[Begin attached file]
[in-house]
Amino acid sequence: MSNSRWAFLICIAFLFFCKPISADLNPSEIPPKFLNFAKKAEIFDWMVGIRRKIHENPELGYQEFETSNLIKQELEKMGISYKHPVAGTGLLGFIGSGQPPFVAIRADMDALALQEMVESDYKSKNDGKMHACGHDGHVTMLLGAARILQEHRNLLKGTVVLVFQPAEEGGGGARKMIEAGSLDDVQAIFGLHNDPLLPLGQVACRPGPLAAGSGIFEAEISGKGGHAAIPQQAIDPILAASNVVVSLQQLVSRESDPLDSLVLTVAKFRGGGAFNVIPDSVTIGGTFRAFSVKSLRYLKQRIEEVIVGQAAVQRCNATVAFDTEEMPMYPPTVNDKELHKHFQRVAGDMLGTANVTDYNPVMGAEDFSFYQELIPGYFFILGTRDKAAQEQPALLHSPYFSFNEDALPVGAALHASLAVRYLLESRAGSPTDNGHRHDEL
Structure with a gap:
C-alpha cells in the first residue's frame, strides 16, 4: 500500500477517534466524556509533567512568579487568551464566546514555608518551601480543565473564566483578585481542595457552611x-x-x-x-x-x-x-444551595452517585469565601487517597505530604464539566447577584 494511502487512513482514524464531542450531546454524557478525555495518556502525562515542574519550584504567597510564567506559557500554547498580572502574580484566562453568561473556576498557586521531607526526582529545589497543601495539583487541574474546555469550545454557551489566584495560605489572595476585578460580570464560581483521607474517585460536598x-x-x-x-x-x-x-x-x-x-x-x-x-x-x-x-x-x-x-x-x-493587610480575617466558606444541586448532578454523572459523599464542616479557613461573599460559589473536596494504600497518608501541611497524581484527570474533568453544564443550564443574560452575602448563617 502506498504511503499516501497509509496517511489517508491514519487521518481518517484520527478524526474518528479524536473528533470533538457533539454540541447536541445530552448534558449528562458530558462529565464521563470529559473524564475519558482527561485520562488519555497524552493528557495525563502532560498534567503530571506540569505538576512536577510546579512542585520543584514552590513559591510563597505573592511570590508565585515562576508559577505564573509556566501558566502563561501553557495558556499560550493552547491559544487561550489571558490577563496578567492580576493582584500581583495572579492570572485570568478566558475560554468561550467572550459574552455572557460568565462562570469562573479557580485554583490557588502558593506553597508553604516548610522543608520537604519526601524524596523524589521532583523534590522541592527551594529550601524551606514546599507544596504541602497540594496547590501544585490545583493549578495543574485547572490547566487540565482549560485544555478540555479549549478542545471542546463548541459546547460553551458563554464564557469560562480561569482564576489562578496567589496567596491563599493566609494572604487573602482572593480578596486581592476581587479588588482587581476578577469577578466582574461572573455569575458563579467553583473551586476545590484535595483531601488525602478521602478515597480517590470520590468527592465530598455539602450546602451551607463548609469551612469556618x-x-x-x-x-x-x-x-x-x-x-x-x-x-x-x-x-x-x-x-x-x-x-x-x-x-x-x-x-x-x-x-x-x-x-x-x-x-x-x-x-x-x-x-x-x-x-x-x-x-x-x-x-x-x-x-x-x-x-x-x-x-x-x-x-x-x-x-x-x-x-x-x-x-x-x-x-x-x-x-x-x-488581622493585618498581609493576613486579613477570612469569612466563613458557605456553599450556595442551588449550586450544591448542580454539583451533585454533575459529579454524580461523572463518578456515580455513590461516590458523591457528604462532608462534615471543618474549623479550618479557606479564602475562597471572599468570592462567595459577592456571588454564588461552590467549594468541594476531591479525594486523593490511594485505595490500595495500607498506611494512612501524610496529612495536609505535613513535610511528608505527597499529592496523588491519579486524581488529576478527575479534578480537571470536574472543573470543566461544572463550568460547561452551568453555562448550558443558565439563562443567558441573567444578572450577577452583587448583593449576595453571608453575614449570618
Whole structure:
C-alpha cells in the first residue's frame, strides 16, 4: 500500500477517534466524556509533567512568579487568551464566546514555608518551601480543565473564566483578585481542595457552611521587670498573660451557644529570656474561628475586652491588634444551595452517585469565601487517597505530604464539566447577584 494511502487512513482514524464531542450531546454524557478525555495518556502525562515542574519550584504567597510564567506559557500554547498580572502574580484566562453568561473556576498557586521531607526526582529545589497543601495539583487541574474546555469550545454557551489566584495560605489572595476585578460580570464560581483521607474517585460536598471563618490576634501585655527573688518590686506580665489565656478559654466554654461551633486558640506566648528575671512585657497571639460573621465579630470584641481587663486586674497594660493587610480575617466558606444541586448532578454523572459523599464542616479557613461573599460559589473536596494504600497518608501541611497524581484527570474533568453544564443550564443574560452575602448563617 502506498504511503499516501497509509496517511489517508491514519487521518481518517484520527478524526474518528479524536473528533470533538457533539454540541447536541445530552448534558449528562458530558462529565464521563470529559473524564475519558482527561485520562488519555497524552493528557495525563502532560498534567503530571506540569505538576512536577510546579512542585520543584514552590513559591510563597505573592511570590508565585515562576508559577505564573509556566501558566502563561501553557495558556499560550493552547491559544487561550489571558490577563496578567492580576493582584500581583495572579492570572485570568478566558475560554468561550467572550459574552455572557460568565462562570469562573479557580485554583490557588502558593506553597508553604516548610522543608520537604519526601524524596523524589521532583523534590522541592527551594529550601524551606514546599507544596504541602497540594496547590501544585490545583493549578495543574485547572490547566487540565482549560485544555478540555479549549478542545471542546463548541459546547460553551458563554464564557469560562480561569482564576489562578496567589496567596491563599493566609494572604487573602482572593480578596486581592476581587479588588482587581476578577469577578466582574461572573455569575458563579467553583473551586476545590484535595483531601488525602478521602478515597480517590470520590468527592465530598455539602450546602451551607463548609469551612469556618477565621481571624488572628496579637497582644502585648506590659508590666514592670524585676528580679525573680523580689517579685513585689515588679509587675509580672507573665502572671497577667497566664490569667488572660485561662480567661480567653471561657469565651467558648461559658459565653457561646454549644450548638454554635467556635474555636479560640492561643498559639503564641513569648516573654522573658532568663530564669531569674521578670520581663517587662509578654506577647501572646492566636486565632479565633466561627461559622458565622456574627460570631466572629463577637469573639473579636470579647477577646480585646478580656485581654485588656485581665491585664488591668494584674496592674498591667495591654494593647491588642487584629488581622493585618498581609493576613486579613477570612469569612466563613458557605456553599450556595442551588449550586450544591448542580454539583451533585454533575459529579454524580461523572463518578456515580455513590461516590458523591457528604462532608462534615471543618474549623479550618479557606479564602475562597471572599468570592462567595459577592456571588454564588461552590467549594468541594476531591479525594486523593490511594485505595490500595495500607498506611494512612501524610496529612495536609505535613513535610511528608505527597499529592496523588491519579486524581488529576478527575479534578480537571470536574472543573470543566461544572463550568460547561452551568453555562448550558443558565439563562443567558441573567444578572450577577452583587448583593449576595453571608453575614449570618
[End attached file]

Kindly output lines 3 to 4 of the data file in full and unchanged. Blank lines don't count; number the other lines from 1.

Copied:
Structure with a gap:
C-alpha cells in the first residue's frame, strides 16, 4: 500500500477517534466524556509533567512568579487568551464566546514555608518551601480543565473564566483578585481542595457552611x-x-x-x-x-x-x-444551595452517585469565601487517597505530604464539566447577584 494511502487512513482514524464531542450531546454524557478525555495518556502525562515542574519550584504567597510564567506559557500554547498580572502574580484566562453568561473556576498557586521531607526526582529545589497543601495539583487541574474546555469550545454557551489566584495560605489572595476585578460580570464560581483521607474517585460536598x-x-x-x-x-x-x-x-x-x-x-x-x-x-x-x-x-x-x-x-x-493587610480575617466558606444541586448532578454523572459523599464542616479557613461573599460559589473536596494504600497518608501541611497524581484527570474533568453544564443550564443574560452575602448563617 502506498504511503499516501497509509496517511489517508491514519487521518481518517484520527478524526474518528479524536473528533470533538457533539454540541447536541445530552448534558449528562458530558462529565464521563470529559473524564475519558482527561485520562488519555497524552493528557495525563502532560498534567503530571506540569505538576512536577510546579512542585520543584514552590513559591510563597505573592511570590508565585515562576508559577505564573509556566501558566502563561501553557495558556499560550493552547491559544487561550489571558490577563496578567492580576493582584500581583495572579492570572485570568478566558475560554468561550467572550459574552455572557460568565462562570469562573479557580485554583490557588502558593506553597508553604516548610522543608520537604519526601524524596523524589521532583523534590522541592527551594529550601524551606514546599507544596504541602497540594496547590501544585490545583493549578495543574485547572490547566487540565482549560485544555478540555479549549478542545471542546463548541459546547460553551458563554464564557469560562480561569482564576489562578496567589496567596491563599493566609494572604487573602482572593480578596486581592476581587479588588482587581476578577469577578466582574461572573455569575458563579467553583473551586476545590484535595483531601488525602478521602478515597480517590470520590468527592465530598455539602450546602451551607463548609469551612469556618x-x-x-x-x-x-x-x-x-x-x-x-x-x-x-x-x-x-x-x-x-x-x-x-x-x-x-x-x-x-x-x-x-x-x-x-x-x-x-x-x-x-x-x-x-x-x-x-x-x-x-x-x-x-x-x-x-x-x-x-x-x-x-x-x-x-x-x-x-x-x-x-x-x-x-x-x-x-x-x-x-x-488581622493585618498581609493576613486579613477570612469569612466563613458557605456553599450556595442551588449550586450544591448542580454539583451533585454533575459529579454524580461523572463518578456515580455513590461516590458523591457528604462532608462534615471543618474549623479550618479557606479564602475562597471572599468570592462567595459577592456571588454564588461552590467549594468541594476531591479525594486523593490511594485505595490500595495500607498506611494512612501524610496529612495536609505535613513535610511528608505527597499529592496523588491519579486524581488529576478527575479534578480537571470536574472543573470543566461544572463550568460547561452551568453555562448550558443558565439563562443567558441573567444578572450577577452583587448583593449576595453571608453575614449570618